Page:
Carol and I recently returned from a ten-day vacation in Italy with our good friends Tony and Anita. We visited the Amalfi coast, and a number of small hill towns in the Provinces of Avellino and Perugia. It was a great trip. Our ten days were filled with terrific meals and delicious wines under absolutely gorgeous Italian skies. As Tony likes to say, “Italy is a country in search of a bad meal”. This trip did nothing to negate his comment.
Our trip began with a four-night stay at the Palazzo Murat Hotel in the heart of Positano. What a terrific and reasonably priced hotel this is. Clean and spacious suites with a complete buffet breakfast for $330 Euro’s a night is indeed a bargain in this day and age.
Positano is a gorgeous seaside hill town in the heart of the Amalfi Coast. While it is a big tourist attraction, the restaurants do a magnificent job with fresh local seafood and pastas. On this trip we revisited a number of our favorites. At La Cambusa, one of the many beachfront ristorantes in Positano, we enjoyed an assortment of fried fish, eggplant parmigianno and spaghetti puttanesca.
|Calamarata alla Calamarelle|
No visit to Positano would be complete without diving into a plate of Spaghetti con Vongole at Buca Di Baco Ristorante. Made with fresh baby clams and a hint of tomato, this may be the ultimate pasta with clam sauce on the planet.
|Spaghetti con Vongole|
We drank some absolutely delicious white wines that complimented our meals in Positano and were very kind to our wallets. At about $20 a bottle Pieropan Soave 2010 is a crisp, fruity and delicious wine from the Veneto region of Italy. A blend of Garganega and Trebbiano it is one of the better Soaves produced in Italy. It is readily available in the states.
The Fiano grape is a white wine grape variety that is grown primarily in the Campania region of Italy. A De Conciliis Fiano Donnaluna 2011 was wonderfully vibrant on the palate and went beautifully with the Polpo Luciano. At about $20 a bottle, it is a bargain worth looking for. Try Italian Wine Merchants, NYC, DeVino, NYC and 56º Wine, Bernardsville, NJ.
Another Fiano that we enjoyed was a bottle of 2010 Pietracupa Fiano Di Avellino. It was wonderfully crisp and round on the palate. Unfortunately, it does not seem to be available in the states.
Most of my favorite Italian white wines come from Italy’s most North Eastern region of Friuli-Venezia. On the border of Slovania, the wines from this region are simply stunning. We enjoyed a number of them during this vacation beginning with a 2010 Schiopetto Colio Friuliano here in Positano. This wine is made with 100% Tocai Fruiliano grapes and is fermented and fined in stainless steel. It is crisp, fruity and has exhibits wonderful balance on the palate. Good availability at about $25.
A little further northwest is the Alto-Adige region of Italy, which also produces some wonderful wines, especially white wines such as Kerner. We enjoyed a 2010 Abbazia di Novacella Kerner. This bottle was round and elegant with a wonderful finish. Abbazia Di Novacella is a monestary run by the order of St. Augustine. The monks make all of the wine. Finding it may take some time, but at $15 a bottle it is well worth the effort.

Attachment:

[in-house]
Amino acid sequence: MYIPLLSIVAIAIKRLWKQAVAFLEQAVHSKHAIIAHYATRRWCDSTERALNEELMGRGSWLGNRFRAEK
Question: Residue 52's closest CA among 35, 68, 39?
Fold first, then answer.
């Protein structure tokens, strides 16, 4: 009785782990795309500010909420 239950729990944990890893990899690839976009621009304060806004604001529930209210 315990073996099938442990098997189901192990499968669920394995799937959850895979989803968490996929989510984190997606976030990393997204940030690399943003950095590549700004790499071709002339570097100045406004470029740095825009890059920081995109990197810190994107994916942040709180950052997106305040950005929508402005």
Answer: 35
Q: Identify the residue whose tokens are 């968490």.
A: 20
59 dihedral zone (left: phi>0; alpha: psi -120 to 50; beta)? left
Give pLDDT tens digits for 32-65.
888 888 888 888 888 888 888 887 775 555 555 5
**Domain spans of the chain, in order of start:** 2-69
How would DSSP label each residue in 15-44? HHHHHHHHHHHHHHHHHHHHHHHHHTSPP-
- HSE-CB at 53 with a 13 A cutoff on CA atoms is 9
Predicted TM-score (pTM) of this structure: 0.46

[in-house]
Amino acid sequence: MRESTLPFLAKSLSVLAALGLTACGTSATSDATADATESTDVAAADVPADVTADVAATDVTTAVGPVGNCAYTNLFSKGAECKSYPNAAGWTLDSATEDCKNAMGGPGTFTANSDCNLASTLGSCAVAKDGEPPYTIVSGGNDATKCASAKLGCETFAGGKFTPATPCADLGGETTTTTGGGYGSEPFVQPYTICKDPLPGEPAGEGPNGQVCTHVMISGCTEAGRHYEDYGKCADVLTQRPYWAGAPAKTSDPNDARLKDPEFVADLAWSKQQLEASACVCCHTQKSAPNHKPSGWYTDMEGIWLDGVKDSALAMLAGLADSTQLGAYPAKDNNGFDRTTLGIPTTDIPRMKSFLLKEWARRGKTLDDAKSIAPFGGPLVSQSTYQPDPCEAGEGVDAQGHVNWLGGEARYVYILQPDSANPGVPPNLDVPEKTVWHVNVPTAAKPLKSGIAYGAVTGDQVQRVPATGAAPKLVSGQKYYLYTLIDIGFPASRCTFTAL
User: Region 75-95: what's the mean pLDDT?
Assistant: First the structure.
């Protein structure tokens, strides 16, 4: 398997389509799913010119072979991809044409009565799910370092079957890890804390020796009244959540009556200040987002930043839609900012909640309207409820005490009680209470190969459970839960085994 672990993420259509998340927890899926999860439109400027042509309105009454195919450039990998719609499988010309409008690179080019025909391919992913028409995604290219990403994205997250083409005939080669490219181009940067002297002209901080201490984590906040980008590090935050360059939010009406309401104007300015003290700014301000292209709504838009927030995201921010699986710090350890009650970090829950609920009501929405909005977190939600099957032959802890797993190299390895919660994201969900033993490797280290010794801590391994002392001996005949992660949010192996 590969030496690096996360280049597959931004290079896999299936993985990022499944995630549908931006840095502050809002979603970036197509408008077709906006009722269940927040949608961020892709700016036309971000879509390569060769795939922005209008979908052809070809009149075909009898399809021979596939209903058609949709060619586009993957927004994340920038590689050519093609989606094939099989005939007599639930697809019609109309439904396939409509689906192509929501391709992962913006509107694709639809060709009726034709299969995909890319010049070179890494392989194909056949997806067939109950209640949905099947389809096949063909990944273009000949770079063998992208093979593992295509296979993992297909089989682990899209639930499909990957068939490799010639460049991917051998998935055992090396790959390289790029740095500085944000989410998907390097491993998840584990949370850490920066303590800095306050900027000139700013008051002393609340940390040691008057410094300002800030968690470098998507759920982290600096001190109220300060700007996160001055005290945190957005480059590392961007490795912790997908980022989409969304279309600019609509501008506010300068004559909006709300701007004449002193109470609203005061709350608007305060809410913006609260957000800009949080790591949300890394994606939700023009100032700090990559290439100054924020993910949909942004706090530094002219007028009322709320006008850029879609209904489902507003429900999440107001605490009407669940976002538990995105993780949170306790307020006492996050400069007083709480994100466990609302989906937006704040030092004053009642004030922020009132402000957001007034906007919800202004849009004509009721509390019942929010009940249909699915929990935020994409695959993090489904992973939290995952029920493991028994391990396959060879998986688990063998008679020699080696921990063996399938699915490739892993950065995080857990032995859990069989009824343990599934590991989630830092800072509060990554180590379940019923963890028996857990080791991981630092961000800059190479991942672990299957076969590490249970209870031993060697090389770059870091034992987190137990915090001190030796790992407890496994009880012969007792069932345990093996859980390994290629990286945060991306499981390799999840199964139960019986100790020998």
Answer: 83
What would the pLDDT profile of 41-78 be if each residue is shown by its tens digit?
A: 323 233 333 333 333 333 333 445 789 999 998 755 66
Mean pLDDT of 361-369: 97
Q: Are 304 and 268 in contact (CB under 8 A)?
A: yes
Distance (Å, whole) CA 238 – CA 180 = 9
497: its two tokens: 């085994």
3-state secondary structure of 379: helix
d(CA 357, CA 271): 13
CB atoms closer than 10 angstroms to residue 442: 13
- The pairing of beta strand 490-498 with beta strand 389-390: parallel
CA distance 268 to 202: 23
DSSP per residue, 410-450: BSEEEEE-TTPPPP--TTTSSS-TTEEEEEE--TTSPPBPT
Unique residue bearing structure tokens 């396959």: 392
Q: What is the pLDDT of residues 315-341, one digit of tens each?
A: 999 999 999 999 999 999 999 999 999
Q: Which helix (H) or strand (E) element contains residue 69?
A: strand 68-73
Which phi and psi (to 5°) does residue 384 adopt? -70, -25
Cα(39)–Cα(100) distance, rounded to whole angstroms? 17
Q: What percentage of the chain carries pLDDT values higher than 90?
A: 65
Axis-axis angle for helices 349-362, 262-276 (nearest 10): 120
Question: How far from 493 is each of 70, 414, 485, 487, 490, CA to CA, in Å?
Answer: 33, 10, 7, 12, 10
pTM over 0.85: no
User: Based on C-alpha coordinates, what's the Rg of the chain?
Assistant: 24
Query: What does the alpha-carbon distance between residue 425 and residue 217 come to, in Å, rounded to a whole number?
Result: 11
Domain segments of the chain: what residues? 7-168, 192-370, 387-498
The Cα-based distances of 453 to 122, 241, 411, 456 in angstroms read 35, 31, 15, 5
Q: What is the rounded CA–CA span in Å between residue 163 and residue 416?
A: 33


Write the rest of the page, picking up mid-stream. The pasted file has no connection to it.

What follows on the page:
As I alluded to previously, Positano wine lists are on the weak side, especially when it comes to red wines like Barolo. Conterno Fantino is one of the more modern style wine makers (he uses roto-fermentors and ages his wines in French Barrique) who’s wines I do enjoy. The estate Conterno Fantino Barolo 2005 is a blend of grapes from his single vineyards that do not make it into the single vineyard wines. The wine was okay but lacked the earthiness and complexity of more traditional Baroli. At about $75 a bottle, I would pass on adding this to my cellar.
Ocone Giano Greco 2010 was another local white wine that we thoroughly enjoyed. Made from the Greco grape it was crisp, vibrant, unoaked with good acidity and balance. It was a nice compliment to our Pizza Margharita and Gnocci alla Sorrentino at Basilica Ristorante in Sorrento. At about $15 a bottle, try it if you can find it.
The next day we visited Tony’s cousins in Santo Stefano de Sole Montevirgine in the suberbs of Avellino. What a delightful day. We really enjoyed meeting these wonderful people and in the tradition of genuine Italian hospitality we were treated to a feast at Sunday dinner with the entire family. The meal was prepared by Tony’s 77 year old cousin Sina and it was “off-the-charts”. We began with an antipasto of homemade soprasatta, salami and mozzarella. And of course there were ripe plump figs from their fig trees. This was followed by a fantastic homemade lasagna that I could have eaten all day long. Homemade eggplant Parmesan that was moist, light and brimming with flavor; beef braciole and peas with prosciutto, followed the lasagna. We tried to cry uncle, but to no avail as we were served medallions of stuffed Tacchino (turkey) in a savory gravy and complimented by roasted potatoes. Everything was cooked in cousin Luigi’s enormous brick oven lending that old world authenticity to the entire meal. Cousin Luigi’s homemade red wine, Alianico of course, from his current vintage complimented the meal to perfection. The wine had young, vibrant fruit on the palate with a clean and delicious finish. For dessert there was homemade Nocellino cake, Baba Rum cake and an assortment of grappas and other after dinner liquors. Needless to say we left there with full bellies and even fuller smiles.
|Cousin Luigi's Oven|
|Parslied Pasta w/ Vegetable Ragu|
|Salut a tutti!|